Power Rangers

When five teenagers manage stumble across a long-hidden spaceship, while on a jaunt away from detention they get a little more than they bargained for. The crew of misfits manage to find five glowing coins, luckily there was enough for one each, which endow them with super powers. Unfortunately, things don’t stop there, you can’t have super powers without a super villain intent on destroying the world. Under the guidance of Zordon (Bryan Cranston) the gang must learn how to use their powers, and to become better friends in order to stop Rita Repulsa (Elizabeth Banks). Power ranging ensues.

I think I’m probably just outside the age range to be a peak Power Rangers fan, I was aware of it and I’d watch it occasionally. I was aware who the Green Ranger was but I was never what you’d call a huge fan. It was definitely hard to avoid the lure of the Power Rangers though, bright coloured costumes, massive robots, really camp and over the top villains and more importantly it was something that felt comic book/superhero-y at a time when superhero franchises were quite thin on the ground.

The story is fairly standard stuff, Zordon was the original Red Power Ranger and he died while trying to protect the Earth from Rita, who it turns out used to be a Power Ranger herself. Fast forward 65 million years and it’s down to a new team of Rangers to stuff the resurrected Rita Repulsa (possibly the cheesiest name in the franchise). The new team manages to include all of your typical high school stereotypes, like some supercharged, spandex clad version of the Breakfast Club. There’s Jason Lee Scott (Dacre Montgomery) the one time high school football star who had an unfortunate incident with a bull. There’s Kimberly Hart (Naomi Scott) a fallen cheerleader who is having a tough time with her former friends over some kind of Snapchat-esque incident. Billy Cranston (RJ Cyler) is the nerdy, science-y kid of the group who has been given autism for noughties. Trini (Becky G) is the outcast of the group, who struggles to make friends and fit in. Finally, there’s Zack (Ludi Lin) the supposedly crazy, wild kid who really has a heart of gold and looks after his sick mother. It’s a who’s who of teen movie cliches.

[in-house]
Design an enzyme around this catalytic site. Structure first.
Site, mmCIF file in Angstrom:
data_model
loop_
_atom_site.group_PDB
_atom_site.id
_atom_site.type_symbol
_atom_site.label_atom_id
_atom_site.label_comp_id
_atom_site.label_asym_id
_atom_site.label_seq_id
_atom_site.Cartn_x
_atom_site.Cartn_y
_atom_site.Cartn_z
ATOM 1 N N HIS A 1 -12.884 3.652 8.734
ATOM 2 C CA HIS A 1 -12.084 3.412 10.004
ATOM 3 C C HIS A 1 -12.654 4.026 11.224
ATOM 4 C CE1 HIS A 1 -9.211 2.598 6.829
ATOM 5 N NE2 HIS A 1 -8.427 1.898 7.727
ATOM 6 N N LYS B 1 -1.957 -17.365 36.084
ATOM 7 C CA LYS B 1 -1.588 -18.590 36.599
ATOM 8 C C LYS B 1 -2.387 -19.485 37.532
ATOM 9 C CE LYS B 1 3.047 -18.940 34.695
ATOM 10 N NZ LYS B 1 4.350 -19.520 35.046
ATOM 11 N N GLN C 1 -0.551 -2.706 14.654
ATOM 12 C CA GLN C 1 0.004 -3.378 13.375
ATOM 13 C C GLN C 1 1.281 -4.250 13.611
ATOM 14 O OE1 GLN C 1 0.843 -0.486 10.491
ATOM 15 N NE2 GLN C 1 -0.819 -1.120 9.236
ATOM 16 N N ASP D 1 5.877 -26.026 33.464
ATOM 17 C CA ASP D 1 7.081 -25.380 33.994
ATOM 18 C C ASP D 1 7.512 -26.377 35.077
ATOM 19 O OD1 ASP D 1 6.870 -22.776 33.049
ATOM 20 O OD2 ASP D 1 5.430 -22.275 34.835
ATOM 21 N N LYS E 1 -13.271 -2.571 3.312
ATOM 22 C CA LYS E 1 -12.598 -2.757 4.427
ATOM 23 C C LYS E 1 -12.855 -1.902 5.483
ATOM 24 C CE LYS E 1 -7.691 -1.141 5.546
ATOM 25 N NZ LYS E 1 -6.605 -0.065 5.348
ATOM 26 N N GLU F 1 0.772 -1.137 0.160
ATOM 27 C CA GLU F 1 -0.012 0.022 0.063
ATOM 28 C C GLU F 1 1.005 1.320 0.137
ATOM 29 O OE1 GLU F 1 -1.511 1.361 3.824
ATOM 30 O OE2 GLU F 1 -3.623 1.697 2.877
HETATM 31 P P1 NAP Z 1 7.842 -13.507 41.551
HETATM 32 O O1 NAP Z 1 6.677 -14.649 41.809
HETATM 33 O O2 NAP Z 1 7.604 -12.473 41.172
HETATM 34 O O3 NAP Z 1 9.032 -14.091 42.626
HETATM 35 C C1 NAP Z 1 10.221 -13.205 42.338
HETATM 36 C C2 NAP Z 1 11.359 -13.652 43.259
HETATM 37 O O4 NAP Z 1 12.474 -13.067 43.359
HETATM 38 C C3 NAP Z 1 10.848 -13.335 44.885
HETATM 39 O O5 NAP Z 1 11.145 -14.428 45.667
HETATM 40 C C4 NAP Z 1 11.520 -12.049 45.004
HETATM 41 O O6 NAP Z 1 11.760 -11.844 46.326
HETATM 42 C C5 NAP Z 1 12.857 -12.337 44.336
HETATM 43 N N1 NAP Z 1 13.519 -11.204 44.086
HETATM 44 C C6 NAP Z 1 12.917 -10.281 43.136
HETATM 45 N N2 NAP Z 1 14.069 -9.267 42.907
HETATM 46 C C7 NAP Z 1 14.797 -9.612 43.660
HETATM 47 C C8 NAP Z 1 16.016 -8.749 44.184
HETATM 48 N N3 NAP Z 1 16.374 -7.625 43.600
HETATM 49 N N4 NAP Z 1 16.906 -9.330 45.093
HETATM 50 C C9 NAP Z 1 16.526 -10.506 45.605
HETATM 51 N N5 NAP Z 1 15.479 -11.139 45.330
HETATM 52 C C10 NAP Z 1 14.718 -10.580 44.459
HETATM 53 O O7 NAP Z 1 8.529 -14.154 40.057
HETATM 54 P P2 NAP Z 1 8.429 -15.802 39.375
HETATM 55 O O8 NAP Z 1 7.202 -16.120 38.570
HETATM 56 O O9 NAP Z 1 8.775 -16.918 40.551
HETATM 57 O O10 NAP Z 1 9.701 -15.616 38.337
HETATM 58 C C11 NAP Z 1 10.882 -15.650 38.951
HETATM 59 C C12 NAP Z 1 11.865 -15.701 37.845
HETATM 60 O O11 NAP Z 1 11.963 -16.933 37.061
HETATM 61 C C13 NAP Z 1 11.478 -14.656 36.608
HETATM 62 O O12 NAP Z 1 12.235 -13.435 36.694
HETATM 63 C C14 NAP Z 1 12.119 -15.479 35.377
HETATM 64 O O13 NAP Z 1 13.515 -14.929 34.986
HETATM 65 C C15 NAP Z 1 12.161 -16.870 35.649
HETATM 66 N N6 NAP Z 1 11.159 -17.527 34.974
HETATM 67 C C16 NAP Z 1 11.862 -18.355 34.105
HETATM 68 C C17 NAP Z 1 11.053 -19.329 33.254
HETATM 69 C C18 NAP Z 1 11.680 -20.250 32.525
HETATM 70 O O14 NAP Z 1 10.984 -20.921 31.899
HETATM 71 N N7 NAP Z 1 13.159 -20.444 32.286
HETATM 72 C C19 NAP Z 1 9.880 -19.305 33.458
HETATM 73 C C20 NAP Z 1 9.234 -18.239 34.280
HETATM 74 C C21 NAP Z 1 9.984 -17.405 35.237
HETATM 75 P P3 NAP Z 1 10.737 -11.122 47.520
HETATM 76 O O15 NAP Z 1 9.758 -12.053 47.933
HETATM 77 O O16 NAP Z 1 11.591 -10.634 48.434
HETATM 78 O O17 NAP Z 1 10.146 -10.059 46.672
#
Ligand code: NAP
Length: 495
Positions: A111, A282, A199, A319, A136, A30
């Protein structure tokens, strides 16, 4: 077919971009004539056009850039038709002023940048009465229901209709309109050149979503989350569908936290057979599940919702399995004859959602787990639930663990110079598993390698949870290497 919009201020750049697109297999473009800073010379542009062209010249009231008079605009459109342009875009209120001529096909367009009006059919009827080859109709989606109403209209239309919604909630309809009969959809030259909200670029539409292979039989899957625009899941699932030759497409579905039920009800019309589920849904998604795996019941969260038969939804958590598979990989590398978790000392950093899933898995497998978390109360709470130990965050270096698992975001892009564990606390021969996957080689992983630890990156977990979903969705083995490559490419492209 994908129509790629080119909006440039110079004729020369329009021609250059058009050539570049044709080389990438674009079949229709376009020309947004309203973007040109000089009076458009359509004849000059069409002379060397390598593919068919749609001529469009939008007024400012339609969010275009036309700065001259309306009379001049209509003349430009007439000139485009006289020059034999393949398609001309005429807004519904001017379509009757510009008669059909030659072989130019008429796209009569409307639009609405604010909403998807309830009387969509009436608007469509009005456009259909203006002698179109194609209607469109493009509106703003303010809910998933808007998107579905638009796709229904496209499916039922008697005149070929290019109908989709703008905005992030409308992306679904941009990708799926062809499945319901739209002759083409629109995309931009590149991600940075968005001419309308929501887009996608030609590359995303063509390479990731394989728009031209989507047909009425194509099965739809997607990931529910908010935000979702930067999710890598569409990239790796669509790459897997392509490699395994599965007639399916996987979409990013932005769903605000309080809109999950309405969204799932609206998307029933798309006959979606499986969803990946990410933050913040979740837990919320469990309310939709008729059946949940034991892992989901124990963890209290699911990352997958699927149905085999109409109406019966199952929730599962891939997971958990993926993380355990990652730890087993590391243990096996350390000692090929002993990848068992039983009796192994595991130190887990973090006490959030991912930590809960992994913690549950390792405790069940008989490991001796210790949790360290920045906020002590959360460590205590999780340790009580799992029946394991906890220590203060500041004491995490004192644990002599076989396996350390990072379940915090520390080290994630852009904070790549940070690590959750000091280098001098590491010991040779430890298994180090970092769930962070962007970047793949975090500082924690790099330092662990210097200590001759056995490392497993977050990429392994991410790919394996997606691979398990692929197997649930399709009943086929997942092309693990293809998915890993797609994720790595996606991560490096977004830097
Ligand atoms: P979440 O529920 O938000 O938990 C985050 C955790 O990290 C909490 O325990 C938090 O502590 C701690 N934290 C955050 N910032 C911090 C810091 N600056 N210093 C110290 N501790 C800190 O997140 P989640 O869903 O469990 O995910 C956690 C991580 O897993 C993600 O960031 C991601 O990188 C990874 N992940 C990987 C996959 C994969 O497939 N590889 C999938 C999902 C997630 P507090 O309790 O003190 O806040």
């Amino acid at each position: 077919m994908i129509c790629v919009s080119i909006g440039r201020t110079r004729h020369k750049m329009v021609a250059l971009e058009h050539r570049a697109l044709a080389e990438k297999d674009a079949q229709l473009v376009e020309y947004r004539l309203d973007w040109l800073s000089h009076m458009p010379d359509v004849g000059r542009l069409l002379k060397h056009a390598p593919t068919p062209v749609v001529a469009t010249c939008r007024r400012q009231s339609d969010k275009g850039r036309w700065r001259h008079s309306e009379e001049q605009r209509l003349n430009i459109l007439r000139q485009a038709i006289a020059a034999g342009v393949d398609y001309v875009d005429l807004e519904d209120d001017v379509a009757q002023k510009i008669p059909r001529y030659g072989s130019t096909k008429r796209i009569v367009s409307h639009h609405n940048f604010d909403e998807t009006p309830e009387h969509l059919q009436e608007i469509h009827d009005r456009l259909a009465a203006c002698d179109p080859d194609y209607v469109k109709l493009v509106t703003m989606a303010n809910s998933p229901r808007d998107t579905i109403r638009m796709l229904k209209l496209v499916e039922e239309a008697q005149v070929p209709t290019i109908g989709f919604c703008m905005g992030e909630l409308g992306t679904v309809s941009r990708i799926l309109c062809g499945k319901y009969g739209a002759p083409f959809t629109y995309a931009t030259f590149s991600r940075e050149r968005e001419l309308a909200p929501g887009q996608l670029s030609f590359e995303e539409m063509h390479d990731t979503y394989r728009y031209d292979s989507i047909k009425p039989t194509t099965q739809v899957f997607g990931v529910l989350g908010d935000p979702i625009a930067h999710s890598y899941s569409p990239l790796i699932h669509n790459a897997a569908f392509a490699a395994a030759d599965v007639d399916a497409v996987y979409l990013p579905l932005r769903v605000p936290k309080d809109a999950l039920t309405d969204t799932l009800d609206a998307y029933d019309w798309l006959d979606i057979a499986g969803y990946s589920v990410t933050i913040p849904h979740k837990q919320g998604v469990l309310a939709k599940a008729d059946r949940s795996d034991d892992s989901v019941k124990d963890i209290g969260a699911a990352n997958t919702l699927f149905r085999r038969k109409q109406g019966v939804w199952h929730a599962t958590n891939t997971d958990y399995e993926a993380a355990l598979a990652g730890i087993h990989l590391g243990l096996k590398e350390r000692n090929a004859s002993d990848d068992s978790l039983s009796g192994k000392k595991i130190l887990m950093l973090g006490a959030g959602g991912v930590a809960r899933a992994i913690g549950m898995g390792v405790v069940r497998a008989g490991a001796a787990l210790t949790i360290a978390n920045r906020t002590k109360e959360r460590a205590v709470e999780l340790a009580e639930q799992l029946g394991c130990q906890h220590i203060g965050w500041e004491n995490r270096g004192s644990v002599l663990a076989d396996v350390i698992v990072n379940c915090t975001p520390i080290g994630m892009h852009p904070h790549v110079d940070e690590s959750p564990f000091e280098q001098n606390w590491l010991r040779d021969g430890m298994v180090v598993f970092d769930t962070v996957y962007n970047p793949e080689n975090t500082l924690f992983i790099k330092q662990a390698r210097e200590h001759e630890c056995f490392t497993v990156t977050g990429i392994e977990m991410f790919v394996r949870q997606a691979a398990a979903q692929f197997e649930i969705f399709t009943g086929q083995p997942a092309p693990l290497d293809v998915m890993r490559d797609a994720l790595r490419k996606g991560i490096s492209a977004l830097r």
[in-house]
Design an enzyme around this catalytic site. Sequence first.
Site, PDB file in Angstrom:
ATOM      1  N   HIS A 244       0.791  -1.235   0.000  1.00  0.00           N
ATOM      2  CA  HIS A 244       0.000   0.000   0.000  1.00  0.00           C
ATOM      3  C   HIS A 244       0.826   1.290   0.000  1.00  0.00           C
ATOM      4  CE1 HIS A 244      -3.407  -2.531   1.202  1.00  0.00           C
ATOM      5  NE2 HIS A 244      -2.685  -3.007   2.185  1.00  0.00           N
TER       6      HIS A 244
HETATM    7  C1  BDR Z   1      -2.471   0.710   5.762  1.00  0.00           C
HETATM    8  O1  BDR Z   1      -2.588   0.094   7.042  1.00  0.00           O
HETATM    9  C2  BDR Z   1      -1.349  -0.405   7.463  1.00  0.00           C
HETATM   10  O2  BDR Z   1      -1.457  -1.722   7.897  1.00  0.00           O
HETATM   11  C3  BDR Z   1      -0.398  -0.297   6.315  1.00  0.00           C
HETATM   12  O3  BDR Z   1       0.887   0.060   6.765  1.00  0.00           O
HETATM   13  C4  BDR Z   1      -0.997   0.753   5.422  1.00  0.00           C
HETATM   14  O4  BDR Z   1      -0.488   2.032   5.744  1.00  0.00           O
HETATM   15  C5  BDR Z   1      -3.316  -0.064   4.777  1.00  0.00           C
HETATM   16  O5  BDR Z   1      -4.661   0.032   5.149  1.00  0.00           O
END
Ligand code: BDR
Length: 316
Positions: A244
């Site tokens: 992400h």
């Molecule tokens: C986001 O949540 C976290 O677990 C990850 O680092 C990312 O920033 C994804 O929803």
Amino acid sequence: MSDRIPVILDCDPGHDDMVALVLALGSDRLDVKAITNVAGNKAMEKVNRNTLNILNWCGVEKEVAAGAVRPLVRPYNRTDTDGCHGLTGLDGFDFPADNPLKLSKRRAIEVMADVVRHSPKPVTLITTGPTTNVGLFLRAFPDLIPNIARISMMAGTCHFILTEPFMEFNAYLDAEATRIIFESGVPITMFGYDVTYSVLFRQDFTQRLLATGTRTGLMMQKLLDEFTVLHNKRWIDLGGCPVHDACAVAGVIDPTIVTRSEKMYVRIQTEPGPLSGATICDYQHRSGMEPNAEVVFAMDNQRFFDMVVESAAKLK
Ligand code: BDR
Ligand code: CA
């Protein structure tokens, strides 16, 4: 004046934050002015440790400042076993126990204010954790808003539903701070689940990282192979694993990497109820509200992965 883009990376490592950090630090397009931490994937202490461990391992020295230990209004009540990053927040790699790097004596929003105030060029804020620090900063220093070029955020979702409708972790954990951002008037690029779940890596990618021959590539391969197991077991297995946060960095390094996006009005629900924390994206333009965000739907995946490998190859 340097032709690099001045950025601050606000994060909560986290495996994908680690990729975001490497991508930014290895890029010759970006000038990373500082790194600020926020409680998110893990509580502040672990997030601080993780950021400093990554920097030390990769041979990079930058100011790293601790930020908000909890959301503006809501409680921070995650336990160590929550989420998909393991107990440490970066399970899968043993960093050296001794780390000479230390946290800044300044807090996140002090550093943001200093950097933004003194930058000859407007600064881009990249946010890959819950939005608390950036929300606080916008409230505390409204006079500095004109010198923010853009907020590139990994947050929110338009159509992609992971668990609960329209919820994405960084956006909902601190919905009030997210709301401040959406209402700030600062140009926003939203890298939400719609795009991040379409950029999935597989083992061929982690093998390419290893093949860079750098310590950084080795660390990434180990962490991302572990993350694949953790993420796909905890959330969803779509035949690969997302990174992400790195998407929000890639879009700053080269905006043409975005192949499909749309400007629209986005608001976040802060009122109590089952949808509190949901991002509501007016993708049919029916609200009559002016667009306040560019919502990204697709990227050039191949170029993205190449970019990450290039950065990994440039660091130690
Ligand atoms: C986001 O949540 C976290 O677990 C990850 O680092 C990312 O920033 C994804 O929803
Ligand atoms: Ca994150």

But let’s face it the Power Rangers is not something you watch for superb characterisation and nuanced performances. I wanted to see some martial arts fun and some big robots hit things. Sadly, there’s not as much of the former as I would like and definitely not enough of the latter. There is the obligatory training montage where the gang get to grips with their powers and then they do some kicks and flips to take down some low level baddies. That’s about it for any martial arts fun. The giant robots (or Zords to use Ranger speak) only make a very fleeting appearance towards the end. Definitely more robots punching things required.

Power Rangers isn’t a bad film, it’s just not brilliant either. It is a lot more fun than something like Transformers, in that it’s quite lighthearted, there’s some good but infrequent action and Elizabeth Banks is lots of fun. It’s somewhere between Pacific Rim and The Breakfast Club, which as unusual mix but good fun all the same. It was good to see a franchise reboot like this that didn’t feel the need to go completely grimdark with a palette of browns and greys.

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